Over the last few years evidence has emerged to indicate the involvement of herpes viruses in several infectious complications observed in patients undergoing antiblastic chemotherapy. We present a case of bilateral parotiditis due to EBV reactivation in a patient who had received chemotherapy because of an invasive thymoma. In October 2006, a 53-year-old man with pulmonary and pleural metastases owing to an invasive thymoma, was started on chemotherapy with cisplatin, adriamycin and cyclophosphamide. In January 2007, after consultation with an infectious disease specialist, the patient was admitted to the oncology department because of bilateral swelling of the parotid glands which was most likely of infectious or mycotic origin and attributed to immunosuppression by chemotherapy (the last cycle was completed on 28th December 2006). During his hospital stay, the patient underwent routine blood tests, serological tests (EBV-VCA IgM/IgG: positive/positive, EBV-EBNA IgG: positive), cultural and instrumental tests. Due to the serological results, we decided to search for EBV in blood by using PCR (23,000 copies/100,000 cells). We hypothesize that EBV infection could have caused both thymoma and bilateral parotiditis. Accordingly, a multidisciplinary approach, including consultation with an oncologist, infectious disease and microbiology specialists, is the best way to manage infectious complications in patients with a deficit of cells-mediated immunity.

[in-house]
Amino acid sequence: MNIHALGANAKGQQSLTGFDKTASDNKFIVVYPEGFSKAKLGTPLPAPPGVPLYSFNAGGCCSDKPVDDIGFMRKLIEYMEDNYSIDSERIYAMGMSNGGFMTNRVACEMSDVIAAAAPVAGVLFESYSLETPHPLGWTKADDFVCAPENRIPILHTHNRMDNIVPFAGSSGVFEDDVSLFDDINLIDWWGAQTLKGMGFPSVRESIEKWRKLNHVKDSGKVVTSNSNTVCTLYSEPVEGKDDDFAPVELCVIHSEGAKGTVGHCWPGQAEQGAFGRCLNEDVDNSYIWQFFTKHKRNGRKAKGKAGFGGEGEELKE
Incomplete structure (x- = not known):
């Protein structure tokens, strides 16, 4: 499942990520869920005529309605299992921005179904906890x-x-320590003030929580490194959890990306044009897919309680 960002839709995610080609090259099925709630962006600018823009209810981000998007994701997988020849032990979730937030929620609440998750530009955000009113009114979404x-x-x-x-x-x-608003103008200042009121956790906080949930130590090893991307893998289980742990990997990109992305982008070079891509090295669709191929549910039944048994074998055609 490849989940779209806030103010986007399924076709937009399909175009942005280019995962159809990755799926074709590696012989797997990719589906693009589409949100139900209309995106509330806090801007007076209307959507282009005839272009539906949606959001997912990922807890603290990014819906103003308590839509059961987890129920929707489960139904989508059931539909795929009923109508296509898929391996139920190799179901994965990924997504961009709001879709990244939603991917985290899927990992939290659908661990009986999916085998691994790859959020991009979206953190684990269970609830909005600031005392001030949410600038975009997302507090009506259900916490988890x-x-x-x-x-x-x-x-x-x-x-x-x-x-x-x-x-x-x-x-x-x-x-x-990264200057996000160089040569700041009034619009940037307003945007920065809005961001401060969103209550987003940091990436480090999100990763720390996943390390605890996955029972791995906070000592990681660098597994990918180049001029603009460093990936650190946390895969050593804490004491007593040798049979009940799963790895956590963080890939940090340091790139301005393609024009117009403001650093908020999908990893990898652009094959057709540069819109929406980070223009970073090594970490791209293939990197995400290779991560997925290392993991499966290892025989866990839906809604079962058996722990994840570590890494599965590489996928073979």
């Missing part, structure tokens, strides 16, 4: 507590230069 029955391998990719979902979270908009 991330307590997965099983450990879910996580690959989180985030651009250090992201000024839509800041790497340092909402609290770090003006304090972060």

|Numero di pagine||4|
|Rivista||LE INFEZIONI IN MEDICINA|
|Stato di pubblicazione||Published - 2007|